BDC Capital, the venture capital arm of the federal crown corporation Business Development Bank of Canada, also participated in the round via its Venture Acceleration Program for seed- stage ventures that graduate from select Canadian accelerators. These include B.C.’s Foresight Cleantech Accelerator program, which Novarc successfully completed.
Novarc builds advanced custom robots for niche applications using advanced control techniques and computation to solve challenging automation problems. It specializes in building collaborative robots, welding robots, and long-reach manipulation to allow pipe welding to be performed more precisely and economically.
Seaspan ULC is primarily involved in coastal marine and deep-sea transportation, bunker fuelling, ship repair and shipbuilding services on the West Coast of North America.
“This is a very exciting time for Novarc Technologies,” said Soroush Karimzadeh, chief executive officer of Novarc. “Seaspan’s support of our pipe welding technology, used as a key solution in the shipbuilding industry, reinforces their drive to innovate in shipbuilding services and their leadership in the marine transportation industry.”
He said the money will allow his company to commercially scale its Spool Welding Robot (SWR).
The SWR is a collaborative welding robot designed for high-mix, low volume production. Because of the funding, Novarc can now also expand its sales and marketing efforts in North America and continued investment in research and development.
“Innovation and technology are critical components of Seaspan’s vision of developing and growing a shipbuilding centre of excellence on the West Coast of Canada,” said Jonathan Whitworth, CEO of Seaspan. “We are thrilled to partner with Novarc Technologies, invest in the future of the marine transportation industry and take another step closer to creating a brighter future for thousands of British Columbians and their families.”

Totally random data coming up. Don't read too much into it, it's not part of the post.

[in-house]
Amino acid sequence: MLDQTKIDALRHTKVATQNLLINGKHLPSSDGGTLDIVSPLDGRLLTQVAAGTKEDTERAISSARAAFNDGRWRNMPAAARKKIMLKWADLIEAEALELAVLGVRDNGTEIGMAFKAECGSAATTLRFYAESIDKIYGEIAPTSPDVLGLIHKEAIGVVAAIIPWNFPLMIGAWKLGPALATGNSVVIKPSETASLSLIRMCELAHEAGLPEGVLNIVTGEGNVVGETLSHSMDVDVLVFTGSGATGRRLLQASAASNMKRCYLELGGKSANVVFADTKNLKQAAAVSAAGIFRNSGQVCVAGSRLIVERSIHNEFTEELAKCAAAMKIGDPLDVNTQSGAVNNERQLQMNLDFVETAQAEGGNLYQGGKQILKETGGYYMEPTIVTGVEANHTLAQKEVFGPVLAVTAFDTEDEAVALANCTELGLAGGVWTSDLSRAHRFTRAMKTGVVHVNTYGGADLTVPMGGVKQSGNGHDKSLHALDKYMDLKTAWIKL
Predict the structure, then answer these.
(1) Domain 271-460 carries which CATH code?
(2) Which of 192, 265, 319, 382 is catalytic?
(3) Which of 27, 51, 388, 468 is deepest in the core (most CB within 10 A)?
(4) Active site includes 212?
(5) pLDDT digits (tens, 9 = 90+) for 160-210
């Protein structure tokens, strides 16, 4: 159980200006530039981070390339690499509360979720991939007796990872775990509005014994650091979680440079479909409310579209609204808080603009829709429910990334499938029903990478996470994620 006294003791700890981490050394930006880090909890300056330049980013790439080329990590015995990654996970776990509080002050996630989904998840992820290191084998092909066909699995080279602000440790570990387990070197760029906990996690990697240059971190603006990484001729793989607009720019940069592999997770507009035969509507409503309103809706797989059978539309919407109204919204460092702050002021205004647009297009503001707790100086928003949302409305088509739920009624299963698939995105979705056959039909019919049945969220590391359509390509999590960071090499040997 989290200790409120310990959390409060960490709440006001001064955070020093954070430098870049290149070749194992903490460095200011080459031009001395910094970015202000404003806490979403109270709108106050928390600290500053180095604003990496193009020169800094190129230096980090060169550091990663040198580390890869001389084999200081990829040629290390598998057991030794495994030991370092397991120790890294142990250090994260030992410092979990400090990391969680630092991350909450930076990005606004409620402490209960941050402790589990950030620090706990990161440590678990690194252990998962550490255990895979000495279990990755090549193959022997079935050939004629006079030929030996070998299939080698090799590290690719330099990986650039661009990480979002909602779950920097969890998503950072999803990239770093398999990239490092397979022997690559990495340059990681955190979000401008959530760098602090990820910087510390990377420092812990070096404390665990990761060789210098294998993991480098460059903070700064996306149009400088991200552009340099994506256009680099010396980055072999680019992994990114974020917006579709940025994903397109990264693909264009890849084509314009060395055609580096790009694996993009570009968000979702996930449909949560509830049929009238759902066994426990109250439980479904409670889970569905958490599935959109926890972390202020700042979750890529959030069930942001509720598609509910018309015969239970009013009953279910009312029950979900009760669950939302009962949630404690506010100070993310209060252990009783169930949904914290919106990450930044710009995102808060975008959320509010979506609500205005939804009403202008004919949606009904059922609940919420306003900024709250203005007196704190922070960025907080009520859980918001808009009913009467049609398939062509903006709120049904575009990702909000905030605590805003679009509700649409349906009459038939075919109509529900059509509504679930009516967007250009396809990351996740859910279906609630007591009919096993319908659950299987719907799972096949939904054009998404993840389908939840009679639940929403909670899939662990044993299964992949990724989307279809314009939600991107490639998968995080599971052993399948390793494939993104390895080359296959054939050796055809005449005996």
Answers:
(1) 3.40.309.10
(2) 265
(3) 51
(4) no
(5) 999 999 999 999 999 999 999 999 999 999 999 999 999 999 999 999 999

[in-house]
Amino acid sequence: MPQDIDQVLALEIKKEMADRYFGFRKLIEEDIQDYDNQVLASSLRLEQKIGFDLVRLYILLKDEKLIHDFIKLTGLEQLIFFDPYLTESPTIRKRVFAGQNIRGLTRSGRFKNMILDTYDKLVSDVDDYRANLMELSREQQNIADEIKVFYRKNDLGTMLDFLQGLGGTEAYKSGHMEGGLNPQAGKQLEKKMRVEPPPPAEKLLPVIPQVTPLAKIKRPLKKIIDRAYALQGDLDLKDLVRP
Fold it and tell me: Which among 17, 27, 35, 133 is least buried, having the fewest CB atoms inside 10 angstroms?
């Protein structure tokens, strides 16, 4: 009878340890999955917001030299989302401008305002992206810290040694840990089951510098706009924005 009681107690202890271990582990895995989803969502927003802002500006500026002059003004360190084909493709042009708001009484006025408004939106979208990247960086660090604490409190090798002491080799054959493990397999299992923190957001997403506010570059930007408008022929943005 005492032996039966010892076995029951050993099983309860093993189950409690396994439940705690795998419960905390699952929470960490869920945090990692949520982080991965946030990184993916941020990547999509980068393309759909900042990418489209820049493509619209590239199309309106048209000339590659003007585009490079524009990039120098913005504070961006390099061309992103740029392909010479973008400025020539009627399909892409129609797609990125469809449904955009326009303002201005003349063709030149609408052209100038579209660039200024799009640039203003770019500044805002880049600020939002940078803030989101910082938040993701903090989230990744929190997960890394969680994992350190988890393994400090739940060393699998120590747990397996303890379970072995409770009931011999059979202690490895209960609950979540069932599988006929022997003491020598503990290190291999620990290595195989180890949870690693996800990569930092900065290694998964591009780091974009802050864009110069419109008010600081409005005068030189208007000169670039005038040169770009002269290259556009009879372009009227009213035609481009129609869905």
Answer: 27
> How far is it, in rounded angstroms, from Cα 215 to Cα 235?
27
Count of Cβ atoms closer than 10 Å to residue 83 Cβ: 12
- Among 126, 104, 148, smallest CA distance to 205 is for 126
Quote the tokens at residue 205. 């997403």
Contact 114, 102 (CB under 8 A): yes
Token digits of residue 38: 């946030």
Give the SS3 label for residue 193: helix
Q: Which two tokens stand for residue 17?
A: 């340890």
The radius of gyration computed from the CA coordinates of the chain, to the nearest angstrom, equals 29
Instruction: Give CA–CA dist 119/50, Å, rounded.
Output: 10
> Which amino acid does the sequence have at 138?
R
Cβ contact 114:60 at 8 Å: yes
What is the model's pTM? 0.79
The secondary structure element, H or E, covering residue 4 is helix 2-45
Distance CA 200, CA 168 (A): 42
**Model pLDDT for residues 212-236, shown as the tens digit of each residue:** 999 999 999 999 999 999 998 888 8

“This investment demonstrates how the National Shipbuilding Strategy can drive innovation and help firms like Novarc commercialize and market their technologies so that they can continue to strengthen Canadian shipbuilding,” said.
The investment is a result of Seaspan’s value proposition obligations under the National Shipbuilding Strategy (NSS). As part of this agreement, Seaspan is committed to spending 0.5 per cent of each resulting NSS contract to contribute to the development of a sustainable marine industry in Canada.
The NSS, formerly called the National Shipbuilding Procurement Strategy, is a $39 billion, long-term project of the Canadian government to build up Canada’s fleet of combat and non-combat vessels.
Irving Shipbuilding Inc. won the largest chunk of the NSPS when it was awarded the $26 billion contract as part of the combat vessel package. Seaspan of Vancouver got the smaller $8 billion non-combat vessel contract and Quebec’s Chartier Davie won the much smaller $587 million civilian tanker retrofit contract.
Seaspan’s Vancouver Shipyard is working on the production and delivery of the first three Non-Combat ships – the first, second and third Offshore Fisheries Science Vessels (OFSVs).
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